To get started with composting why not check out this post?
Don’t fall in to the trap of excess composting though. Only compost what you truly cannot eat.
Don’t compost edible food that you could otherwise use with a little creativity – see the tip above.
If you end up with a glut of vegetables or fruit that you cannot eat before they go bad then consider preserving them instead.
You can blanch and freeze them or go one step further and preserve via canning, drying, chutney or jam making.
8. Don’t Overfill Your Fridge
And cupboards and freezer.
The more you stuff into your fridge, freezer or cupboards, the harder it is to see what you have and ensure it gets eaten within its use by dates.
My fridge is always chock-a-block with fresh vegetables and fruit when I get back from shopping.
But my aim every time is to have it positively empty by the next time I plan on shopping.
If you cannot see what’s in your fridge or freezer then you run the risk of not using that item and it going bad before you do get to it.
9. Rotate Food Storage
In the past I have had plenty of food stores, too much at times.
This has led me to wasting food because I find something at the back of the cupboard which is a couple of years past it’s use by dates.
I’m all for being a little flexible on food dates but not that flexible!
Ensuring you know what is in your cupboards, fridge and freezer will help you keep an eye on use by dates and ensure you use every item.
True story – I once ‘lost’ a whole turkey in one of my large chest freezers! (Yes I had 2 chest freezers).
I knew I had that turkey but could I find it when I wanted it at Christmas one year?
Not a chance and I really looked.
That year I resolved to reduce my freezers down to more accessible levels and we had that lost turkey for Easter instead.
Related post: How To Stockpile Food On A Budget – 10 Easy Tips
10. Use Your Freezer
Your freezer is a great place to store leftovers, meals you have batch cooked and produce you won’t use within a few days of buying it.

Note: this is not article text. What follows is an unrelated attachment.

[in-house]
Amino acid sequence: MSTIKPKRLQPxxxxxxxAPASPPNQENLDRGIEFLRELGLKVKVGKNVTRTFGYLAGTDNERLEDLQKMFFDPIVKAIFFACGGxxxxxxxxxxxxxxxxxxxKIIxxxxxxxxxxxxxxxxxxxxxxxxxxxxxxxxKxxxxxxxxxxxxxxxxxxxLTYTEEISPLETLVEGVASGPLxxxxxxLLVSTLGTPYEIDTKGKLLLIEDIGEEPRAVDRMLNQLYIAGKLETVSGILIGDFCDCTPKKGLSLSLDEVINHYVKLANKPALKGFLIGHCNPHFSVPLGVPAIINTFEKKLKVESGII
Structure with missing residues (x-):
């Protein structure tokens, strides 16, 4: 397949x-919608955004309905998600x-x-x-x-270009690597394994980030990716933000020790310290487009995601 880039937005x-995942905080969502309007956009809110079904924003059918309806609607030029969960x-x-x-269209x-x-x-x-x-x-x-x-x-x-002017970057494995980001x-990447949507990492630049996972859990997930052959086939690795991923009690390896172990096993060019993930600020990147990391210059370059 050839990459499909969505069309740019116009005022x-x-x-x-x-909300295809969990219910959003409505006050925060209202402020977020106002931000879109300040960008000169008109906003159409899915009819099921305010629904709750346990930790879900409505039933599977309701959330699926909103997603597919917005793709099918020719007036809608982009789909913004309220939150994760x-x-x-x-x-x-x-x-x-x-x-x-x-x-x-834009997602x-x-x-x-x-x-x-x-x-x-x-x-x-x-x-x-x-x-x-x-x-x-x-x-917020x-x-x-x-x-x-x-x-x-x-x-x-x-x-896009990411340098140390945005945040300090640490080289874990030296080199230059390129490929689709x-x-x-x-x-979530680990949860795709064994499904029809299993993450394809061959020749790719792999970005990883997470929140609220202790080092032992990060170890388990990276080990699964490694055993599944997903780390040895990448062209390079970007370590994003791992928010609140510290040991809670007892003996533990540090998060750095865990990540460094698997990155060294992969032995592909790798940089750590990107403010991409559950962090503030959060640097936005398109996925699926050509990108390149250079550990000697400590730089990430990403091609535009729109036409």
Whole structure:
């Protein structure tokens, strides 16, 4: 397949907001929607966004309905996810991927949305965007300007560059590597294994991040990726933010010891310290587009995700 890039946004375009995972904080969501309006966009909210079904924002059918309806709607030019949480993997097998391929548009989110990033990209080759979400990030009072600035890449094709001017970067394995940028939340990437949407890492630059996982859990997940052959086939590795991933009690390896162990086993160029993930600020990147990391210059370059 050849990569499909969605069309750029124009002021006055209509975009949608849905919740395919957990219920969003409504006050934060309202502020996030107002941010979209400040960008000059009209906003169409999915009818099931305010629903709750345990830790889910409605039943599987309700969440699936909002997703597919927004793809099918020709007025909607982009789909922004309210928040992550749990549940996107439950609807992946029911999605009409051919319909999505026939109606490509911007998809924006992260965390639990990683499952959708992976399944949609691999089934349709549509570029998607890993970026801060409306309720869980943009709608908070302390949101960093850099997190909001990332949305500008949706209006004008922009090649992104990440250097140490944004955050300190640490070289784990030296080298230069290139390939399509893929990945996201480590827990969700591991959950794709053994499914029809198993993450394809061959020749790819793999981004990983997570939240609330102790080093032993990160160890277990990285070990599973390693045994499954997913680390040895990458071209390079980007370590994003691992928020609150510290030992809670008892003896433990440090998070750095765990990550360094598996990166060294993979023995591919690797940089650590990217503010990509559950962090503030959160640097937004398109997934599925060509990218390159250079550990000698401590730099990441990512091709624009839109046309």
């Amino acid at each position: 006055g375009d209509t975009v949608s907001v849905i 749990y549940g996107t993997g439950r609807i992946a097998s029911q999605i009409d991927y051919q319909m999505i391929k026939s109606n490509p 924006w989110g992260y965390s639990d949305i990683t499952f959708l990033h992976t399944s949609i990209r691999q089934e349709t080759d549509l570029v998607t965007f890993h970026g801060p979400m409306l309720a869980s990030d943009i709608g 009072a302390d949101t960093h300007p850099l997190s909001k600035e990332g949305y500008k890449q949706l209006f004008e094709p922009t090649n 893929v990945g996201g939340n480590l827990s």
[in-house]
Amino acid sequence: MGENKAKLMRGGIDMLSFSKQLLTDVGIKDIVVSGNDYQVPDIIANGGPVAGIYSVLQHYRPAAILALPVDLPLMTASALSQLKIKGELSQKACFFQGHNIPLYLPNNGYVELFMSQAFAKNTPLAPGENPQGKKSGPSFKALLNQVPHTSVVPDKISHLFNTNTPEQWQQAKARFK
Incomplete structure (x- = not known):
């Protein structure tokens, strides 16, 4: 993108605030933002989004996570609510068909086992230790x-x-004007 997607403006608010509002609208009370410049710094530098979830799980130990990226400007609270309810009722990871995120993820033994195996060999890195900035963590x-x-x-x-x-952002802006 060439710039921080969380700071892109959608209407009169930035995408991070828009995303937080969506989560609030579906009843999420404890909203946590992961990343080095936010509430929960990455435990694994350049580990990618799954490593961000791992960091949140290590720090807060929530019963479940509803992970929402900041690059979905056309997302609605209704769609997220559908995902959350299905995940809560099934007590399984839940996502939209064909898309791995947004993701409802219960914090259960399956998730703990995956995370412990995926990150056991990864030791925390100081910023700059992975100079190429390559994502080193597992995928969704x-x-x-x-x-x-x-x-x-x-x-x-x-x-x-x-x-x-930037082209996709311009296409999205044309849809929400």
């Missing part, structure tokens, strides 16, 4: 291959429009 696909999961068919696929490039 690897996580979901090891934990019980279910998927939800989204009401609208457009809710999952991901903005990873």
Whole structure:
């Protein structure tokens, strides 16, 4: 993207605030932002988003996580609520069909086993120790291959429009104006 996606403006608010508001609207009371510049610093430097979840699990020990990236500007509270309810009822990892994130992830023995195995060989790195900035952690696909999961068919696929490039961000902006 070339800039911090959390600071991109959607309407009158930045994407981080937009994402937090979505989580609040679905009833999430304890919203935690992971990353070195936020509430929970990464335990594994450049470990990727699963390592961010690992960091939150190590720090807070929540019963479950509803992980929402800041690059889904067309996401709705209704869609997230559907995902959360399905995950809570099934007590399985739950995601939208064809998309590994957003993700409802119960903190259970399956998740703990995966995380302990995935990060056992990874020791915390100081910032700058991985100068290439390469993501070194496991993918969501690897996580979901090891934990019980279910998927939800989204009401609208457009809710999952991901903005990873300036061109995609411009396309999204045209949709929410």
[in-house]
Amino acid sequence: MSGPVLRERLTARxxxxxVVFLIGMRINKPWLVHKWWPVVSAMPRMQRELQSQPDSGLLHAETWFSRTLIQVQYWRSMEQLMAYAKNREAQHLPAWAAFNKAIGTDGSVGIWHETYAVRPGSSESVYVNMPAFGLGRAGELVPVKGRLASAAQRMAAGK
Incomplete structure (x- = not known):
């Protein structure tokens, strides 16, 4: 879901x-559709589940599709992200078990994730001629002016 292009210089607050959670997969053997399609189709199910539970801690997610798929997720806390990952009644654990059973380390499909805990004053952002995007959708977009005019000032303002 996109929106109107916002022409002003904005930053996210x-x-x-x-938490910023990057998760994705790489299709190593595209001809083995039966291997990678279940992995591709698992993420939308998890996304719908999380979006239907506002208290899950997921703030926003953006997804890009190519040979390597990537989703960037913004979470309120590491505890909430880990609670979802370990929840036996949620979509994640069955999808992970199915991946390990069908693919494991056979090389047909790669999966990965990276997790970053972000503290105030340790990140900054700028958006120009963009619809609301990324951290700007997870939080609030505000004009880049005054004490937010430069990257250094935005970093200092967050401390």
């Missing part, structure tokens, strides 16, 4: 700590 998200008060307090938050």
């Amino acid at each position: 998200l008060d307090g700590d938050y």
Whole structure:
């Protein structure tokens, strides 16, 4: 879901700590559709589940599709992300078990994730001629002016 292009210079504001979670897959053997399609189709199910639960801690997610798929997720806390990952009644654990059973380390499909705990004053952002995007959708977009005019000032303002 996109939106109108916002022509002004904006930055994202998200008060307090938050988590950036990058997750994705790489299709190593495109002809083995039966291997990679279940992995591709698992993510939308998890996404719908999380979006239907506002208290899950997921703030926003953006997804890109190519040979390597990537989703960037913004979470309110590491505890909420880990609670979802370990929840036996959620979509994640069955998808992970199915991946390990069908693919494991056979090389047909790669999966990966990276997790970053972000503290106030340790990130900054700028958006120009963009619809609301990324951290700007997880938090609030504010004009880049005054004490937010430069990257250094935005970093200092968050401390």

The only meat and fish I store in my fridge is that which, according to my meal plan, is due to be used within a couple of days.
All other meats are frozen on the day I buy it.
If you are buying according to your meal plan then you’ll use these items during the following week/s.
However if your plans change the meat is still frozen ready for next week’s meal plan.
Thus saving you money.
The Benefits Of Reducing Your Food Waste
If we each learn how to reduce our own food waste then we are also contributing to a global reduction.
Buying imperfect veg will encourage stores to rethink their perfect shape and sizing standards.
Buying only the food that we need enables us to reduce our grocery bill and might just encourage the stores to stock a little less produce.
Keeping our food stores at manageable levels and rotating regularly ensures we use all the food we buy before use by dates.
How We Can Help Reduce Food Waste In Restaurants
When you have a meal out in a restaurant are you like me and eat far too much simply because you don’t want to let the food go to to waste?
Or are you really good and practice your own portion control?
Portion sizes in restaurants these days are far too large and there is so much food waste.
Portion control is one answer to the problem of how you can reduce food waste in restaurants.
Another answer to that problem could be to ask for a doggy bag – to take your excess food home.
Many restaurants are more than happy to bag up your uneaten food portion.
But it’s not something many of us are comfortable asking for, myself included.
A leftover slice of pizza yes, but a quarter of my spaghetti carbonara?
Not quite so easy.
How We Can Help Reduce Food Waste In Schools
My daughters always took a packed lunch to school, along with many of their classmates.
Their schools had a policy of the children bringing home any uneaten lunch and the wrappers.
As parents we knew what had been eaten, and not, and could tweak future school lunches to reduce food waste.
This also helped reduced the schools garbage disposal bill and allowed eco conscious parents to compost any leftover, non edible food.
If you have children at school who take their own lunch and the school does not send home wrappers and uneaten lunch, why not have a chat with them?
Encourage them to adopt this approach or provide various recycling options, including composting, at the school.
Related post: 50 Frugal Habits That Are Also Eco Friendly
Reducing Food Waste In Your Office Or Workplace
Many employers do not offer a canteen so you provide your own food, either brought from home or bought from a local shop.
You are therefore often in control of your food waste in the office.
Bring only what you will eat, take your leftovers home and compost what you can.
If you do buy lunch (you’ll save more money bringing your own) then buy wisely and save any excess for another day.
Last Updated on 28th October 2020 by Emma